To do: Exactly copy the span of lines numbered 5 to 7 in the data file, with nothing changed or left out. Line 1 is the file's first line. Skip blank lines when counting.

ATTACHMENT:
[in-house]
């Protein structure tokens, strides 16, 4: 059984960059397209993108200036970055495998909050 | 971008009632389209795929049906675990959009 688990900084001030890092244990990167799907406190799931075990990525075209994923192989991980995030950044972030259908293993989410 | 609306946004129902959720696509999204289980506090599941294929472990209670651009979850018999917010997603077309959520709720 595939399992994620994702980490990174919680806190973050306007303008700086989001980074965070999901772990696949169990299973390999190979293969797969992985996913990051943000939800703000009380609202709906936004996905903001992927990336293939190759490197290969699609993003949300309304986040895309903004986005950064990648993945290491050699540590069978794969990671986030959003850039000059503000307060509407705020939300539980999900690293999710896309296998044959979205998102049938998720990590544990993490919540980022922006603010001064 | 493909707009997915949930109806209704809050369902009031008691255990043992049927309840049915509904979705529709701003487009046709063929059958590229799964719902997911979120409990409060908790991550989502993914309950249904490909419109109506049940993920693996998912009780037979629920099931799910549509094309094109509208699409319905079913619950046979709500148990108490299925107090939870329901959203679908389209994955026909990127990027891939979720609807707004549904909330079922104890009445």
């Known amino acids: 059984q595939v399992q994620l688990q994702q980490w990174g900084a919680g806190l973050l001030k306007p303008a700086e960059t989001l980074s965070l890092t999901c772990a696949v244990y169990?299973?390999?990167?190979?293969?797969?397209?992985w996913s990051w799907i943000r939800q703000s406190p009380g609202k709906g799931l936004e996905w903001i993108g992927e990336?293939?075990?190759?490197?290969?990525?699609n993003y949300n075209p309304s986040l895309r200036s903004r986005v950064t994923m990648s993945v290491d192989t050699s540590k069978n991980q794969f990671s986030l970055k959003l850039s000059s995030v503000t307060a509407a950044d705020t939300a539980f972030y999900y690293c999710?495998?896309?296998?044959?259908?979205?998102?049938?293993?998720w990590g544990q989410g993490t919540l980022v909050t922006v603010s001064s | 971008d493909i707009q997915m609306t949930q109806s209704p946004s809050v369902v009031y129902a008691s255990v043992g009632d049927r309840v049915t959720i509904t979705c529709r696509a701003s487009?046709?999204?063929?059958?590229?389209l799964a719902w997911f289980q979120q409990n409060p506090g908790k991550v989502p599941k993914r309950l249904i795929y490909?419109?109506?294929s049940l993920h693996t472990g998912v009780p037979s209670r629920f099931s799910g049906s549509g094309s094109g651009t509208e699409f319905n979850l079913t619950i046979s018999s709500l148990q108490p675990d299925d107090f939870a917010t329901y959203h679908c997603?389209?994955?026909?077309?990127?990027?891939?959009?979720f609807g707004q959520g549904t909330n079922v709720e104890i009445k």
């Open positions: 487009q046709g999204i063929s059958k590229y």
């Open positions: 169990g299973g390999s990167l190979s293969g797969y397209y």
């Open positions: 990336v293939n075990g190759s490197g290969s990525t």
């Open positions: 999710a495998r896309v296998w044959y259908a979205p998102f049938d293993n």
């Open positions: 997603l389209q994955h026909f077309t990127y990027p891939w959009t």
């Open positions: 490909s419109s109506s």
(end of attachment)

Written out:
């Open positions: 169990g299973g390999s990167l190979s293969g797969y397209y």
């Open positions: 990336v293939n075990g190759s490197g290969s990525t």
């Open positions: 999710a495998r896309v296998w044959y259908a979205p998102f049938d293993n």